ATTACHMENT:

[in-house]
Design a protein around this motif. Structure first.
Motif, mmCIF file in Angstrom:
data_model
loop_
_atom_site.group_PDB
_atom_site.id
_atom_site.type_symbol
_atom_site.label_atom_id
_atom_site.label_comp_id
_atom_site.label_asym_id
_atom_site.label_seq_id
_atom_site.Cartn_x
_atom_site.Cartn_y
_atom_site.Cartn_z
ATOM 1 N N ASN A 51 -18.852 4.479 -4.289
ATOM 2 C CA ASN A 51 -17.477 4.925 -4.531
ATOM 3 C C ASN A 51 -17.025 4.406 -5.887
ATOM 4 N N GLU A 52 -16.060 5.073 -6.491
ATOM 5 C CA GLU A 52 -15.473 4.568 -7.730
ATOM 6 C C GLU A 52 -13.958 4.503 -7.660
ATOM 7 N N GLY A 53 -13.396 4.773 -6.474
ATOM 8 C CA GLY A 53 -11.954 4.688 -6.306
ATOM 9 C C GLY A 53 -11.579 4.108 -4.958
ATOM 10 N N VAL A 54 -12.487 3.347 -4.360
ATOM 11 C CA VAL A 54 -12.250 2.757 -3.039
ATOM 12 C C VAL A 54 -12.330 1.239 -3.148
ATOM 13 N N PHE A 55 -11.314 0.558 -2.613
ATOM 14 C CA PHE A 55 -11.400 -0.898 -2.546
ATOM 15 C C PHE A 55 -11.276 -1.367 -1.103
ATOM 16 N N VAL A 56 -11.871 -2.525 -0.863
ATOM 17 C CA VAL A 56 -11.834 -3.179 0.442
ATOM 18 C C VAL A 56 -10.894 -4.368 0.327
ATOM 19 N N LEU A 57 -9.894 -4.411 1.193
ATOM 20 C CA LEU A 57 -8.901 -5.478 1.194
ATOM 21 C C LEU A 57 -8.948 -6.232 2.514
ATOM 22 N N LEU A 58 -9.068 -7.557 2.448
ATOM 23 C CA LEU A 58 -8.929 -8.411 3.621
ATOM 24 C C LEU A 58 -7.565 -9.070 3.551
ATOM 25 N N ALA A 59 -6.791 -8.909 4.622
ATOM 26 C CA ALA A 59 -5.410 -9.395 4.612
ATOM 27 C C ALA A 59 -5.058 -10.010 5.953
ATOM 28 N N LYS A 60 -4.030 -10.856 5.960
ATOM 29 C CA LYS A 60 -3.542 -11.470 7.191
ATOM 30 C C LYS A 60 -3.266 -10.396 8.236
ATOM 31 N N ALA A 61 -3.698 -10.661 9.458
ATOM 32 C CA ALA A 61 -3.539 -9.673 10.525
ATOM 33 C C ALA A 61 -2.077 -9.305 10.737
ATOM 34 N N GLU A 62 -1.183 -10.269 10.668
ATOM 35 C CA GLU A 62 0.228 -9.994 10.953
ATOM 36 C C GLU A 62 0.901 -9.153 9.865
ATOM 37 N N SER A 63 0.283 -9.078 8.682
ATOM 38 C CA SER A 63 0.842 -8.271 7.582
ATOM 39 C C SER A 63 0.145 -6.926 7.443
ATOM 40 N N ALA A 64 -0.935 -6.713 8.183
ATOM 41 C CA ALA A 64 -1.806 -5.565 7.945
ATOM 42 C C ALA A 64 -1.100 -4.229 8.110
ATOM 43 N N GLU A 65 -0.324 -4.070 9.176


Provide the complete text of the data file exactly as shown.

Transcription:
[in-house]
Design a protein around this motif. Structure first.
Motif, mmCIF file in Angstrom:
data_model
loop_
_atom_site.group_PDB
_atom_site.id
_atom_site.type_symbol
_atom_site.label_atom_id
_atom_site.label_comp_id
_atom_site.label_asym_id
_atom_site.label_seq_id
_atom_site.Cartn_x
_atom_site.Cartn_y
_atom_site.Cartn_z
ATOM 1 N N ASN A 51 -18.852 4.479 -4.289
ATOM 2 C CA ASN A 51 -17.477 4.925 -4.531
ATOM 3 C C ASN A 51 -17.025 4.406 -5.887
ATOM 4 N N GLU A 52 -16.060 5.073 -6.491
ATOM 5 C CA GLU A 52 -15.473 4.568 -7.730
ATOM 6 C C GLU A 52 -13.958 4.503 -7.660
ATOM 7 N N GLY A 53 -13.396 4.773 -6.474
ATOM 8 C CA GLY A 53 -11.954 4.688 -6.306
ATOM 9 C C GLY A 53 -11.579 4.108 -4.958
ATOM 10 N N VAL A 54 -12.487 3.347 -4.360
ATOM 11 C CA VAL A 54 -12.250 2.757 -3.039
ATOM 12 C C VAL A 54 -12.330 1.239 -3.148
ATOM 13 N N PHE A 55 -11.314 0.558 -2.613
ATOM 14 C CA PHE A 55 -11.400 -0.898 -2.546
ATOM 15 C C PHE A 55 -11.276 -1.367 -1.103
ATOM 16 N N VAL A 56 -11.871 -2.525 -0.863
ATOM 17 C CA VAL A 56 -11.834 -3.179 0.442
ATOM 18 C C VAL A 56 -10.894 -4.368 0.327
ATOM 19 N N LEU A 57 -9.894 -4.411 1.193
ATOM 20 C CA LEU A 57 -8.901 -5.478 1.194
ATOM 21 C C LEU A 57 -8.948 -6.232 2.514
ATOM 22 N N LEU A 58 -9.068 -7.557 2.448
ATOM 23 C CA LEU A 58 -8.929 -8.411 3.621
ATOM 24 C C LEU A 58 -7.565 -9.070 3.551
ATOM 25 N N ALA A 59 -6.791 -8.909 4.622
ATOM 26 C CA ALA A 59 -5.410 -9.395 4.612
ATOM 27 C C ALA A 59 -5.058 -10.010 5.953
ATOM 28 N N LYS A 60 -4.030 -10.856 5.960
ATOM 29 C CA LYS A 60 -3.542 -11.470 7.191
ATOM 30 C C LYS A 60 -3.266 -10.396 8.236
ATOM 31 N N ALA A 61 -3.698 -10.661 9.458
ATOM 32 C CA ALA A 61 -3.539 -9.673 10.525
ATOM 33 C C ALA A 61 -2.077 -9.305 10.737
ATOM 34 N N GLU A 62 -1.183 -10.269 10.668
ATOM 35 C CA GLU A 62 0.228 -9.994 10.953
ATOM 36 C C GLU A 62 0.901 -9.153 9.865
ATOM 37 N N SER A 63 0.283 -9.078 8.682
ATOM 38 C CA SER A 63 0.842 -8.271 7.582
ATOM 39 C C SER A 63 0.145 -6.926 7.443
ATOM 40 N N ALA A 64 -0.935 -6.713 8.183
ATOM 41 C CA ALA A 64 -1.806 -5.565 7.945
ATOM 42 C C ALA A 64 -1.100 -4.229 8.110
ATOM 43 N N GLU A 65 -0.324 -4.070 9.176